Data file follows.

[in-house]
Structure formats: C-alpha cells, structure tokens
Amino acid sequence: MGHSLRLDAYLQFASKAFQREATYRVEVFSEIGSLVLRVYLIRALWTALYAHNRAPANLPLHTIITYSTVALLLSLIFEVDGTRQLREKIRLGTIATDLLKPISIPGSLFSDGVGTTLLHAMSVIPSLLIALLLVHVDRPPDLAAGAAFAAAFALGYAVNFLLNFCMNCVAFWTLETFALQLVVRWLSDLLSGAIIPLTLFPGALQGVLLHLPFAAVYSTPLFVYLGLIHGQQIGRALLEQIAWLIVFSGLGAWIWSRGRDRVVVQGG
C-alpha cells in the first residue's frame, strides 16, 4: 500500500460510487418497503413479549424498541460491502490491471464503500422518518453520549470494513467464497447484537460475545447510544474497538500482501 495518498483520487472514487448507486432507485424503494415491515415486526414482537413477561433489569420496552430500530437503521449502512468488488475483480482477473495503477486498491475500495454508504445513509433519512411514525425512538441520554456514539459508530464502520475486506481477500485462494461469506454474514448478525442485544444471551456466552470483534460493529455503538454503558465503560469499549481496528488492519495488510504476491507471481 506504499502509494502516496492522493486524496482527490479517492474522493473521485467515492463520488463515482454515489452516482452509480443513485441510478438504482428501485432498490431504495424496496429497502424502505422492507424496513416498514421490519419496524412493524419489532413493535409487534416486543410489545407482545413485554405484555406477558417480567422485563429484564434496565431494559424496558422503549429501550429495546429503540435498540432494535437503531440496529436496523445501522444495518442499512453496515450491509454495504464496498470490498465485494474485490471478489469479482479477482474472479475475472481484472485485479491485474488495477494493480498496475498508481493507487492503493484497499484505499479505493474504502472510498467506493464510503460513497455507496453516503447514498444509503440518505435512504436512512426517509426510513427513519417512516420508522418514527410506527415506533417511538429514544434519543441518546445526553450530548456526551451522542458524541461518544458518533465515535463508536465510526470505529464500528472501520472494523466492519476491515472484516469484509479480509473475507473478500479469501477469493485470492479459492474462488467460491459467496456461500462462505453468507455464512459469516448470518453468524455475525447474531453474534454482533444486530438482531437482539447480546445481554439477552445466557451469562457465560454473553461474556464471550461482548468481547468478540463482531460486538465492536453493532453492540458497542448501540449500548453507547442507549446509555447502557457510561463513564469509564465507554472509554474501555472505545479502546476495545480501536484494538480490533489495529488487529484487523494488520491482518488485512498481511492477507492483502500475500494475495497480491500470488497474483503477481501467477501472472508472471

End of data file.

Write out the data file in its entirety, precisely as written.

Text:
[in-house]
Structure formats: C-alpha cells, structure tokens
Amino acid sequence: MGHSLRLDAYLQFASKAFQREATYRVEVFSEIGSLVLRVYLIRALWTALYAHNRAPANLPLHTIITYSTVALLLSLIFEVDGTRQLREKIRLGTIATDLLKPISIPGSLFSDGVGTTLLHAMSVIPSLLIALLLVHVDRPPDLAAGAAFAAAFALGYAVNFLLNFCMNCVAFWTLETFALQLVVRWLSDLLSGAIIPLTLFPGALQGVLLHLPFAAVYSTPLFVYLGLIHGQQIGRALLEQIAWLIVFSGLGAWIWSRGRDRVVVQGG
C-alpha cells in the first residue's frame, strides 16, 4: 500500500460510487418497503413479549424498541460491502490491471464503500422518518453520549470494513467464497447484537460475545447510544474497538500482501 495518498483520487472514487448507486432507485424503494415491515415486526414482537413477561433489569420496552430500530437503521449502512468488488475483480482477473495503477486498491475500495454508504445513509433519512411514525425512538441520554456514539459508530464502520475486506481477500485462494461469506454474514448478525442485544444471551456466552470483534460493529455503538454503558465503560469499549481496528488492519495488510504476491507471481 506504499502509494502516496492522493486524496482527490479517492474522493473521485467515492463520488463515482454515489452516482452509480443513485441510478438504482428501485432498490431504495424496496429497502424502505422492507424496513416498514421490519419496524412493524419489532413493535409487534416486543410489545407482545413485554405484555406477558417480567422485563429484564434496565431494559424496558422503549429501550429495546429503540435498540432494535437503531440496529436496523445501522444495518442499512453496515450491509454495504464496498470490498465485494474485490471478489469479482479477482474472479475475472481484472485485479491485474488495477494493480498496475498508481493507487492503493484497499484505499479505493474504502472510498467506493464510503460513497455507496453516503447514498444509503440518505435512504436512512426517509426510513427513519417512516420508522418514527410506527415506533417511538429514544434519543441518546445526553450530548456526551451522542458524541461518544458518533465515535463508536465510526470505529464500528472501520472494523466492519476491515472484516469484509479480509473475507473478500479469501477469493485470492479459492474462488467460491459467496456461500462462505453468507455464512459469516448470518453468524455475525447474531453474534454482533444486530438482531437482539447480546445481554439477552445466557451469562457465560454473553461474556464471550461482548468481547468478540463482531460486538465492536453493532453492540458497542448501540449500548453507547442507549446509555447502557457510561463513564469509564465507554472509554474501555472505545479502546476495545480501536484494538480490533489495529488487529484487523494488520491482518488485512498481511492477507492483502500475500494475495497480491500470488497474483503477481501467477501472472508472471